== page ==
As with many chronic conditions, there’s a mental health component to tinnitus. Coping with the symptoms isn’t the only obstacle. It’s finding the inner fortitude and resilience to do it regularly without knowing whether they will ever go away for good. For some people, regrettably, depression can be the result.
According to research conducted by the Stockholm Public Health Cohort (SPHC) and published in the Journal of the American Medical Association, chronic tinnitus has been associated with an increase in suicide cases, especially among women.
What’s The Connection Between Suicide And Tinnitus?
Researchers at the SPHC questioned about 70,000 people to determine the connection between suicide and tinnitus (Accurate, reliable results require large sample sizes).
According to the responses they got back:
- Tinnitus symptoms were reported by 22.5% of respondents.
- Suicide attempts occurred with 9% of women with severe tinnitus.
- Out of the men with severe tinnitus, 5.5% had attempted suicide.
- A hearing specialist diagnosed tinnitus in just 2.1% of respondents.
It’s obvious that women with tinnitus have a higher rate of suicide and researchers are trying to raise awareness for them. These findings also suggest that a significant portion of people suffering from tinnitus don’t get a diagnosis or get professional assistance. Not only are there treatments for tinnitus, lots of individuals experience relief by using hearing aids.
Are These Universal Findings?
Before any broad generalizations can be made, this study needs to be duplicated in different parts of the world with different variables and population sizes. That said, we shouldn’t disregard the concern in the meantime.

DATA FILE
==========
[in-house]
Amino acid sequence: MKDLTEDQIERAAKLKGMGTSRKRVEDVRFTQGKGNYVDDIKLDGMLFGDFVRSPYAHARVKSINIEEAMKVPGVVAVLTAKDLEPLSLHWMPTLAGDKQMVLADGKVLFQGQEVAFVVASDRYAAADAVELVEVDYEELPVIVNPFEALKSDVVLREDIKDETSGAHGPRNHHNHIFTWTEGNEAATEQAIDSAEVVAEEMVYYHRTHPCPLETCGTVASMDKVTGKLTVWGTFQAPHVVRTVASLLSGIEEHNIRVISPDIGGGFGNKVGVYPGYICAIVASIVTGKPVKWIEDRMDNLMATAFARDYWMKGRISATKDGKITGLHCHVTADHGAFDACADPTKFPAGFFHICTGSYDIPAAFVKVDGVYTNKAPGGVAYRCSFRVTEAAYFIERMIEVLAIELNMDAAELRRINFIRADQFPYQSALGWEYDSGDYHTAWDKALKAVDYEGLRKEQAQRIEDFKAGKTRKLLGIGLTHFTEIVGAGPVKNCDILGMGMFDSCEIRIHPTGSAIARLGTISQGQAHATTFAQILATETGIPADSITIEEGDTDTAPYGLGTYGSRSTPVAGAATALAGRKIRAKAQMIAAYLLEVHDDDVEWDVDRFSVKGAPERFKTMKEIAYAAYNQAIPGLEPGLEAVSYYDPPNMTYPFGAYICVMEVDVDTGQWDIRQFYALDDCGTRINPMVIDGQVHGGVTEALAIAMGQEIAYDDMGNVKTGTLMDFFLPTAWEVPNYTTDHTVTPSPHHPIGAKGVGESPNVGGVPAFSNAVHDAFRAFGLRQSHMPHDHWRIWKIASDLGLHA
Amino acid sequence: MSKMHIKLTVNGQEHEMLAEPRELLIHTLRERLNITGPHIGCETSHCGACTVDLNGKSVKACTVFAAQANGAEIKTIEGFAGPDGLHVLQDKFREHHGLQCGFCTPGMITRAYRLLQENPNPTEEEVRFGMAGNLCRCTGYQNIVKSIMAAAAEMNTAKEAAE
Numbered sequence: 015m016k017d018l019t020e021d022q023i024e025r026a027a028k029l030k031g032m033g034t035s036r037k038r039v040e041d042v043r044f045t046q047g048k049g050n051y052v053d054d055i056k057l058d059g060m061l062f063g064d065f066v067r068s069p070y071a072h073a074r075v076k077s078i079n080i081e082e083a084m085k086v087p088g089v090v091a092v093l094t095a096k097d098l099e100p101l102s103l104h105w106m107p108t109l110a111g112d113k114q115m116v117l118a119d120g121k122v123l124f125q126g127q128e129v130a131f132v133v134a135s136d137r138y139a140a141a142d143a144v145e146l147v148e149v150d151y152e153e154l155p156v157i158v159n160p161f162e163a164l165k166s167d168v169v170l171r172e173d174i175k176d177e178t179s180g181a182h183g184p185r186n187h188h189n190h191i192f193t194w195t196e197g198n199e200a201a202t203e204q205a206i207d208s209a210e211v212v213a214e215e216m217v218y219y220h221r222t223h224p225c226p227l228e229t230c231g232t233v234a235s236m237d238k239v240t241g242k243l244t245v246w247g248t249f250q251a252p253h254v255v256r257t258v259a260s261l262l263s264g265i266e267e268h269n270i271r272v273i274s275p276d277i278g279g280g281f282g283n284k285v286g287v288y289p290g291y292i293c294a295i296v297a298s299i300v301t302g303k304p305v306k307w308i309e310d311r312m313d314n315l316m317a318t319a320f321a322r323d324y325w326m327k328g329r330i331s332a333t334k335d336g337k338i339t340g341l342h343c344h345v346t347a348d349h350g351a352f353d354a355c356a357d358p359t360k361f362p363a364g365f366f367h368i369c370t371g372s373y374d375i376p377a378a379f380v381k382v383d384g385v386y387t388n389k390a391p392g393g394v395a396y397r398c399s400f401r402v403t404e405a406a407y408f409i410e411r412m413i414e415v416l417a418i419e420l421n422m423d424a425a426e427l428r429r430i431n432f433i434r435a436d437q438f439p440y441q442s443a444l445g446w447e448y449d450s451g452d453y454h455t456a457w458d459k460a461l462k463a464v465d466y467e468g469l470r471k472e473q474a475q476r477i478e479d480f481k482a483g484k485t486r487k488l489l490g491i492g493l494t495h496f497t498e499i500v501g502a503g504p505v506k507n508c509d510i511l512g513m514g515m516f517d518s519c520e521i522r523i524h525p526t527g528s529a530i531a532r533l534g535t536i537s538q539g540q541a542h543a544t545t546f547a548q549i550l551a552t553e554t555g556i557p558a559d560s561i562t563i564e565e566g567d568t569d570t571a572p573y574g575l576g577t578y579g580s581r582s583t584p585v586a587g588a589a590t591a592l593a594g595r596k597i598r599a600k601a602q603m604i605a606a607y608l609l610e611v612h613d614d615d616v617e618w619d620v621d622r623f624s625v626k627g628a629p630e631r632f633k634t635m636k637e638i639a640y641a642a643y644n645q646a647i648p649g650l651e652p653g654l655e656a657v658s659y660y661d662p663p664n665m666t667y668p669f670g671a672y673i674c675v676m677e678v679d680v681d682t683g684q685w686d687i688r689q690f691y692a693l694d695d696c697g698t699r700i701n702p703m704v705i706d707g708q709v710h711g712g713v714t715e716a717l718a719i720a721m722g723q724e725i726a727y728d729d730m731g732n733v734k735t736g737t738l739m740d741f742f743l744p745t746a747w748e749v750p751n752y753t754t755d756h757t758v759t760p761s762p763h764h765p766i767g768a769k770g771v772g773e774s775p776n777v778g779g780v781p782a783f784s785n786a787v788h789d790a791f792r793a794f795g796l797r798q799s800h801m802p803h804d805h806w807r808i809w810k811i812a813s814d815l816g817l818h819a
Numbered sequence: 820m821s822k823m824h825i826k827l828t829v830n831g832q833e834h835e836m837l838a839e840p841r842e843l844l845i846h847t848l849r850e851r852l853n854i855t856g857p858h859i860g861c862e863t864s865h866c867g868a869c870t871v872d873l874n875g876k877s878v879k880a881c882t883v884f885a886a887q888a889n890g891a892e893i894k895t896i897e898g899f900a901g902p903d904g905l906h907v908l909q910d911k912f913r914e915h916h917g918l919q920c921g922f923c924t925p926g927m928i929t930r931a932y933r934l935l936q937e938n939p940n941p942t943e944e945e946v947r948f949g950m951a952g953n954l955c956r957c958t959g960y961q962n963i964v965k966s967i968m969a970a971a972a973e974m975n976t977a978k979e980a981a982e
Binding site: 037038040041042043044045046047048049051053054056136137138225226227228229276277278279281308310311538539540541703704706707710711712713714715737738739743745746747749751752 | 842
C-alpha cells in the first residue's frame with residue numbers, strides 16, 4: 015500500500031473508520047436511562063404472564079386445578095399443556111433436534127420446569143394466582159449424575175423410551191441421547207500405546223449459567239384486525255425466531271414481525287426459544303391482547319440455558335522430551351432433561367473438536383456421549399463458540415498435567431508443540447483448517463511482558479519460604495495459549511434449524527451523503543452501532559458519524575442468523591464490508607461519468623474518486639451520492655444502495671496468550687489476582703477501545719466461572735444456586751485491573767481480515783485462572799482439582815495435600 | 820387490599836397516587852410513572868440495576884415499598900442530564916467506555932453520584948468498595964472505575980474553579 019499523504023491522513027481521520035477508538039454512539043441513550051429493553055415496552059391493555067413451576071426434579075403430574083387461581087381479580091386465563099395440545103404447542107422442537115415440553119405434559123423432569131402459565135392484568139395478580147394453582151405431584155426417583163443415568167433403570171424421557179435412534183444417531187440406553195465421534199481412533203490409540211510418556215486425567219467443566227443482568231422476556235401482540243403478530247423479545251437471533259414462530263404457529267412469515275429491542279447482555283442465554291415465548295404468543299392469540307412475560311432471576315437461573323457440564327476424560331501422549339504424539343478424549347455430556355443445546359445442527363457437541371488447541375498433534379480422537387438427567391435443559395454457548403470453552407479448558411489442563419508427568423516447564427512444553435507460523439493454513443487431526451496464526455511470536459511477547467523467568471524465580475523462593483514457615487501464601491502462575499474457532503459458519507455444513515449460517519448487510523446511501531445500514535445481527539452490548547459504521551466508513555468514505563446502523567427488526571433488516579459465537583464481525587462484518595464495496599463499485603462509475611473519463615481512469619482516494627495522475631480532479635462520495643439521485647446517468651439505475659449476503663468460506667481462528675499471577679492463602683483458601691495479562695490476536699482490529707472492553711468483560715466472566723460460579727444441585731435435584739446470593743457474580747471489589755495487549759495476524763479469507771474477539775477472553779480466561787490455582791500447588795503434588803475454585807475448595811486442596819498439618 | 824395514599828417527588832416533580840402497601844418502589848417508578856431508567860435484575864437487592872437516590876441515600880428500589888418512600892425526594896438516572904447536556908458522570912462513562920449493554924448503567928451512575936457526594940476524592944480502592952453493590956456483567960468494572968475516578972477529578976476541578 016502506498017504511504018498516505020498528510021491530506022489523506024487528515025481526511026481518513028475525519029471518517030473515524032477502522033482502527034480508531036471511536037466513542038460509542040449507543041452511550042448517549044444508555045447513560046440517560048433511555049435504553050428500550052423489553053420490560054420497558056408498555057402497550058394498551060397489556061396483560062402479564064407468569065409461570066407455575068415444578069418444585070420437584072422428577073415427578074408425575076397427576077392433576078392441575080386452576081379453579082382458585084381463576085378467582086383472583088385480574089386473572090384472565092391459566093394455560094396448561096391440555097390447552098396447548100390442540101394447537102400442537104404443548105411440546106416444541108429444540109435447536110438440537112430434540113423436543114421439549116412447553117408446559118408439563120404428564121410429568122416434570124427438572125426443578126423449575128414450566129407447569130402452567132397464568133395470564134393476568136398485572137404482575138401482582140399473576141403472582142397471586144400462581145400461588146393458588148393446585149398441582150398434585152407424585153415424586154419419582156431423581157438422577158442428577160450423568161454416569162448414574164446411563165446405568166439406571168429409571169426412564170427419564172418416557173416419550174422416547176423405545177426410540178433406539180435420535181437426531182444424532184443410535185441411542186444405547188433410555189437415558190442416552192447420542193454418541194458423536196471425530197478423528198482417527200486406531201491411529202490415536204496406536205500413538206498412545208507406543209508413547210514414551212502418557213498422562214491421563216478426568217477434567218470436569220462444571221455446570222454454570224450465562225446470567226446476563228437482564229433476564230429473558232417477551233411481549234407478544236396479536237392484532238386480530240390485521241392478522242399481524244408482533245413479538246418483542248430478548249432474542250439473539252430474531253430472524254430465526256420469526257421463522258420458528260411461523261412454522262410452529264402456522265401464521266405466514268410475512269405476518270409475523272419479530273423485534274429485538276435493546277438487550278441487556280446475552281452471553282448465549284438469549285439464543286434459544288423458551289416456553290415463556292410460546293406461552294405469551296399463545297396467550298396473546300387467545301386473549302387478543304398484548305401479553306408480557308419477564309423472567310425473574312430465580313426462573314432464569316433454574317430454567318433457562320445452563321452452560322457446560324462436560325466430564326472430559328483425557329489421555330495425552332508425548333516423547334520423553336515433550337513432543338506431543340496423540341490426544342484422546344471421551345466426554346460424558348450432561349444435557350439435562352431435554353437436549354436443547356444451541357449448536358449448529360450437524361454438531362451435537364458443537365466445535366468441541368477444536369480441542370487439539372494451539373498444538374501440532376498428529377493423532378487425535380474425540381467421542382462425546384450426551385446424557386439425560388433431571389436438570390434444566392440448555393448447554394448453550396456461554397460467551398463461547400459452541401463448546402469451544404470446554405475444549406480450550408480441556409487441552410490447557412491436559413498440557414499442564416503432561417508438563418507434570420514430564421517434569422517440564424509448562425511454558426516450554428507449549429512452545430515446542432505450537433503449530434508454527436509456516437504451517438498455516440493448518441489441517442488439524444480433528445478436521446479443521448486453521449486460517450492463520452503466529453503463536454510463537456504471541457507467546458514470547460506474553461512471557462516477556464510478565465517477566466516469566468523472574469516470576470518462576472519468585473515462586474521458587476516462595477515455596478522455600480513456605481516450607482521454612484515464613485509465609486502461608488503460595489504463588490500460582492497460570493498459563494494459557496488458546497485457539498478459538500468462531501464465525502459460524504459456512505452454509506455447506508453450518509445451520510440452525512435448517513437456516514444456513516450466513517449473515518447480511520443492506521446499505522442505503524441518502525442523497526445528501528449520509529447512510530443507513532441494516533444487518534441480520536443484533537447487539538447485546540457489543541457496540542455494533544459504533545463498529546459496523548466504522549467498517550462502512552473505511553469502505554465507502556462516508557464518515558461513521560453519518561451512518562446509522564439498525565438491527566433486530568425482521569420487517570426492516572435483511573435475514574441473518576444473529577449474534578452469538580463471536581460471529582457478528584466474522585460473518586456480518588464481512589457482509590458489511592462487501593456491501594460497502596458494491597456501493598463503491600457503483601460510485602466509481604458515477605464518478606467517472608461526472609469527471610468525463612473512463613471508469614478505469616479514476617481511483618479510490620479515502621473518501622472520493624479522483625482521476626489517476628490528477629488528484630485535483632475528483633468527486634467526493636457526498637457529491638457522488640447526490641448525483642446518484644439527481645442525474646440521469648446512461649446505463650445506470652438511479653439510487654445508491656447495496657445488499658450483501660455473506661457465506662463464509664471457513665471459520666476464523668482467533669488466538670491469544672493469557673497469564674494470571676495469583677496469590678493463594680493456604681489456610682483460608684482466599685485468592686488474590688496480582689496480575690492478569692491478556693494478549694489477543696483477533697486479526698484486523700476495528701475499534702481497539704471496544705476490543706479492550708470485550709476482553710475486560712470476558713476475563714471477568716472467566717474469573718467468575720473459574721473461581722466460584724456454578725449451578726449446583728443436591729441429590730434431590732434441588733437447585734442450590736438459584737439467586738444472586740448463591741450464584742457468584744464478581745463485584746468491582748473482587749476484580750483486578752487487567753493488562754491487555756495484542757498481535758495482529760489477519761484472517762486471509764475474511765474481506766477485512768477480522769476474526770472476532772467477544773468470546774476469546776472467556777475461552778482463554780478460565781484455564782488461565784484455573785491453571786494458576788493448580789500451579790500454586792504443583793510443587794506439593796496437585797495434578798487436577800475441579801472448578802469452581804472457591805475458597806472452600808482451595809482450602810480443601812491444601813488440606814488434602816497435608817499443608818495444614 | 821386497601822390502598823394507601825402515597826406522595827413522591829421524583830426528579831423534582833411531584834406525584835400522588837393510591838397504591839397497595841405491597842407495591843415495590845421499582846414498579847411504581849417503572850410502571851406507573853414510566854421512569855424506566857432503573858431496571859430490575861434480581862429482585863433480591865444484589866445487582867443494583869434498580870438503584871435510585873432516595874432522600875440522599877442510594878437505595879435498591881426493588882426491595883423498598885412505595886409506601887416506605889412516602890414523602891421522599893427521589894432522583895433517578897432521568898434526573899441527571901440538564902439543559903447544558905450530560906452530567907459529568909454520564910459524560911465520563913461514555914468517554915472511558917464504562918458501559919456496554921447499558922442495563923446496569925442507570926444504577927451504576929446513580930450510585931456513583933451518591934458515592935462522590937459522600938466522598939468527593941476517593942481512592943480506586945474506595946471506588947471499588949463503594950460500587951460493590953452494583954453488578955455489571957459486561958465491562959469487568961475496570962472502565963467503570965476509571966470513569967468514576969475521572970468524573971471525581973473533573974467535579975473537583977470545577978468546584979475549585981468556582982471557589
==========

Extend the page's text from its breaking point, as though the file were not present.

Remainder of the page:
What Does This Research Mean?
The study was inconclusive about why women had a higher suicide rate than men but that was definitely the result. There are numerous reasons why this could be but the data doesn’t identify any one reason why this might be.
Some things to take note of:
Some Tinnitus is Not “Severe”
First and foremost, the vast majority of individuals who have experienced tinnitus don’t have “severe” tinnitus. That doesn’t mean modest or slight cases of tinnitus do not present their own obstacles. But the suicide risk for women was far more pronounced for women who experienced “severe” tinnitus symptoms.
Low Numbers of Participants Were Diagnosed
Most of the participants in this study who described moderate to severe symptoms didn’t get diagnosed and that is possibly the next most surprising conclusion.
This is, possibly, the most significant area of opportunity and one of the best ways to decrease suicide or other health risks at the same time. That’s because treatment for tinnitus can offer many overall advantages:
- Tinnitus symptoms can be more effectively managed with treatment.
- Tinnitus is often a sign of hearing impairment, which can (and should) be treated.
- Some treatments also help with depression.
Tinnitus And Hearing Loss
Up to 90% of people who cope with tinnitus also have hearing loss according to some studies and managing hearing loss by using hearing aids can help decrease tinnitus symptoms. In fact, some hearing aids are designed with added features to help tinnitus symptoms. To learn if hearing aids can help you, make an appointment.